The International Monetary Fund (IMF) has directed Rwanda’s National Bank (NBR) to increase interest rates as a measure to control the escalating inflationary forces in the economy. This action is necessary before the disbursement of the $74.6 million financing scheduled for next month.
The funding for budgetary support is part of both the country’s Policy Coordination Instrument (PCI) programme and the Resilience and Sustainability Facility (RSF), both of which were approved by the IMF on December 12, 2022.
Following an IMF mission in Rwanda led by Haimanot Teferra from March 22 to April 4, an agreement was reached between the IMF staff and the Rwandan authorities on policies needed to complete the initial reviews of the programme. This agreement paves the way for the release of RWF81.63 million ($74.6 million), subject to approval by the IMF Executive Board in May.
Performance under the programme has been strong. All quantitative targets for end of December 2022 have been met and all reform targets under the PCI and reform measures under the RSF envisaged for the first reviews are progressing well and expected to be completed ahead of the executive board discussion.Haimanot Teferra
However, IMF has emphasized the importance for the Rwandan government to maintain a stable macroeconomic environment by implementing a trustworthy plan for fiscal consolidation and adopting a stricter monetary policy stance.
Additionally, they suggest allowing for greater exchange rate flexibility. This is necessary because the Rwandan economy is still susceptible to external shocks, and therefore the government should take immediate measures to reinforce policy buffers.
Another spike in global energy and fertiliser prices, a steeper decline in trading partners’ growth or global financial market as well as geopolitical developments that adversely affect the availability of concessional resources will further strain external buffers and limit the policy space to confront development challenges and address climate change. The National Bank of Rwanda should pursue a more decisive monetary policy tightening to contain inflationary pressures and promote exchange rate flexibility to ensure external stability.IMF
The IMF suggests that in order to contain second-round effects and anchor inflation expectations, data-dependent monetary policy and stronger communication should be implemented. Additionally, exchange rate flexibility should be prioritized to protect reserves, and interventions in the foreign exchange market should be guided by a robust policy framework.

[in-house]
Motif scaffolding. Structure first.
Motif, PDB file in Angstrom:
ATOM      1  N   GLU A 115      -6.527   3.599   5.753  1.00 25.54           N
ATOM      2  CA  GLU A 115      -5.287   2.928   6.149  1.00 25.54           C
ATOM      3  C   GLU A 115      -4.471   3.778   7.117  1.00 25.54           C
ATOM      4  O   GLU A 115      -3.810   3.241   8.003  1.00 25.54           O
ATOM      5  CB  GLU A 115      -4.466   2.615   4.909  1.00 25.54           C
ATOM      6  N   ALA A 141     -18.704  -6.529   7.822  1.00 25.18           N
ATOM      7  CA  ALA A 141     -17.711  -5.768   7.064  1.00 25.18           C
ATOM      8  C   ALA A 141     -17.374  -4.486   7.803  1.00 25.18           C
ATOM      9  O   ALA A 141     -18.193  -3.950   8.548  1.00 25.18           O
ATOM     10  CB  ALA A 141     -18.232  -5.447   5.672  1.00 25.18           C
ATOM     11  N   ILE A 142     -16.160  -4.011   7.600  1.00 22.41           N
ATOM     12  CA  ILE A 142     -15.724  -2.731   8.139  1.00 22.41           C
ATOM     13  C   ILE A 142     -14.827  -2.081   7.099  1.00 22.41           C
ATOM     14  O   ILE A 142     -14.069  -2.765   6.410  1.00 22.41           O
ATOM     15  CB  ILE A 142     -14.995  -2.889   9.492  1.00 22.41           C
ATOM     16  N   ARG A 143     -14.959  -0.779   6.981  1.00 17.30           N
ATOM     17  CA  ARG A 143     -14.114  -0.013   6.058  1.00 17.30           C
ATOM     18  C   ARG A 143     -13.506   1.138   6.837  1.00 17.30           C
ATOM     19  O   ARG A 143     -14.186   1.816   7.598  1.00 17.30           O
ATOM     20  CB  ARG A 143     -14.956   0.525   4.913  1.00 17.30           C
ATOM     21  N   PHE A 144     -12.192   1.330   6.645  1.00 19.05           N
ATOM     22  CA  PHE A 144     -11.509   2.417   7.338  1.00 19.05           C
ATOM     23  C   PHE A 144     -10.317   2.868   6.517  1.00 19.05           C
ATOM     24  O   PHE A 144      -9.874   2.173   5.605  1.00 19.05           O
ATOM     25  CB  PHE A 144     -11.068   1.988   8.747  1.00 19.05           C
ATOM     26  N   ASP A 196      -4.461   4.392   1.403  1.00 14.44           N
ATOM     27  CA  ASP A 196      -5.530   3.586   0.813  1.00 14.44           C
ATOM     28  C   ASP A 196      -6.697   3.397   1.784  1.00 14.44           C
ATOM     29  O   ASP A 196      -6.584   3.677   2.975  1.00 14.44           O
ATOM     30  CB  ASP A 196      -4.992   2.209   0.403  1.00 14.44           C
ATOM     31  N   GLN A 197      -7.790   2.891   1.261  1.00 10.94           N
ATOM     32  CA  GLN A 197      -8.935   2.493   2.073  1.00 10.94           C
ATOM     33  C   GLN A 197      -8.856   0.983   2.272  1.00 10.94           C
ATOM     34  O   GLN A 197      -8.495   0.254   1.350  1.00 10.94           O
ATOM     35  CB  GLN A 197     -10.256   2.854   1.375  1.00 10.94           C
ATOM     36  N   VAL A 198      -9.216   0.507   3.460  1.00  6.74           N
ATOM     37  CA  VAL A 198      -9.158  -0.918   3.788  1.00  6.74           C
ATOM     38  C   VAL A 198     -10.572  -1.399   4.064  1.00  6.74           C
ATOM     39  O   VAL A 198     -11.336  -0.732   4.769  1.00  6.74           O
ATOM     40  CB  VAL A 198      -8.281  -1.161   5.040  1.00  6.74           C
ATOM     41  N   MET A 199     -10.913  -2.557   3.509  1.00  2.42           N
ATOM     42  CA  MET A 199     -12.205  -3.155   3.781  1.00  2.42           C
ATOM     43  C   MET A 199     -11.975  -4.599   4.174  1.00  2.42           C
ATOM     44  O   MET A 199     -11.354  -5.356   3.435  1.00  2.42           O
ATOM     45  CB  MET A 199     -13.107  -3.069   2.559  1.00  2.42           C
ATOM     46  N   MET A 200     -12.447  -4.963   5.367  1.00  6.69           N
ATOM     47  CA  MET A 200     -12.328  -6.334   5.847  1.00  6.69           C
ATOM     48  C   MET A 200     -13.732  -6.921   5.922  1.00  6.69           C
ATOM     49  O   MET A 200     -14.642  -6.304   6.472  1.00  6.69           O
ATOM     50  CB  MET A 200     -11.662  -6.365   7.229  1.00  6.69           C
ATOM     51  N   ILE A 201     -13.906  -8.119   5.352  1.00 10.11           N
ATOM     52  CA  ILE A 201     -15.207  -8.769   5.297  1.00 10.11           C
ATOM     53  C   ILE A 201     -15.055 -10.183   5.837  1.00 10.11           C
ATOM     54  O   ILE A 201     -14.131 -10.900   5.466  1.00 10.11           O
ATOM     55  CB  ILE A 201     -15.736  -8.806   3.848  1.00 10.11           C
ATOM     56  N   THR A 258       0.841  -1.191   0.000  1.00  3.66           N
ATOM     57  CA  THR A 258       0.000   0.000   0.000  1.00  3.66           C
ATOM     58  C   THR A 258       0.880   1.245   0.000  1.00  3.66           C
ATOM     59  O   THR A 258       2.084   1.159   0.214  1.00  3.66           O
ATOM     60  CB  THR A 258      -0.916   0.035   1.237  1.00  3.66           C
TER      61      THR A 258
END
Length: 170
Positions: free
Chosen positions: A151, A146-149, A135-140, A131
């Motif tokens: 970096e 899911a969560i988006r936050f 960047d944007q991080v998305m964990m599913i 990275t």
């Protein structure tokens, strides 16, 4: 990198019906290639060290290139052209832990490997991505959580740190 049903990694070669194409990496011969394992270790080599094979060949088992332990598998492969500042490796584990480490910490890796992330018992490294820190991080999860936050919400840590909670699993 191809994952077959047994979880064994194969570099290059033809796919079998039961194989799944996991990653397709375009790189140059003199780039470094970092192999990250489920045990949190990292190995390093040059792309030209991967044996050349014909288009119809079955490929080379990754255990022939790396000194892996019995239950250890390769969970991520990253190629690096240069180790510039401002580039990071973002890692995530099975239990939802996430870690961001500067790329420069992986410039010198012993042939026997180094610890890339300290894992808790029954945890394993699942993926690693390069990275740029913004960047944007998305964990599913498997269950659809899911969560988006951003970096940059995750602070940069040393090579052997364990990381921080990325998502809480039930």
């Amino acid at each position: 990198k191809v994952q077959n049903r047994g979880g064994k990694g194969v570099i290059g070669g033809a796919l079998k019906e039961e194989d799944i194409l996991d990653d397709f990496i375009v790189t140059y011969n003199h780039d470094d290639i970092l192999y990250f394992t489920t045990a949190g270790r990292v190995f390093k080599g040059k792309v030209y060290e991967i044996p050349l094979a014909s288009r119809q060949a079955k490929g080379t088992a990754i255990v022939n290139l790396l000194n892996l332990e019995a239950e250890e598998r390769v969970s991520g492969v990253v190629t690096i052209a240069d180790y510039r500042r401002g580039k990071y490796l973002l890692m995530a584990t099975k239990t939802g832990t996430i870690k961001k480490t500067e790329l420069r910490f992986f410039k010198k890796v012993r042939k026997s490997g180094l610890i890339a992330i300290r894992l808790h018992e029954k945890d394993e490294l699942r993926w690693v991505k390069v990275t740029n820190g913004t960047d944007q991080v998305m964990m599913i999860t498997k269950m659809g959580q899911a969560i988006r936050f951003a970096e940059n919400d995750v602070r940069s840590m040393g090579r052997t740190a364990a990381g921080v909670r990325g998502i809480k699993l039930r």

Furthermore, the efficiency of monetary policy transmission could be improved by accelerating reforms to enhance monetary policy operations and deepen the money and government securities markets.
The IMF also recommends that the authorities should tighten the fiscal and monetary stance to rebuild policy buffers. To mobilize and allocate additional resources efficiently towards Rwanda’s ambitious climate objectives, ongoing efforts to strengthen institutions need to be sustained, according to the IMF.
Despite a robust growth rate of 8.2 per cent in 2022, Rwanda’s economy has experienced macroeconomic imbalances due to import demand fueled by economic activity, which has added to the existing pressures on foreign exchange reserves tied to higher commodity prices and tightening global financing conditions.
Although the manufacturing and services sectors have registered strong output, agricultural production was weaker than expected, and there was a sharp slowdown in construction activity. Rising food prices, a weak agricultural performance due to unfavourable weather conditions, and strong domestic demand have kept headline inflation persistently above 20 per cent in recent months, with high core inflation at 14.4 per cent in February, indicating broad-based and persistent inflationary pressures in the economy.
Moreover, robust import demand, high commodity prices, and tightening global financing conditions have weakened Rwanda’s external position, despite a faster pace of exchange rate depreciation, with foreign reserves declining to 4.1 months of prospective imports at the end of 2022, according to the IMF.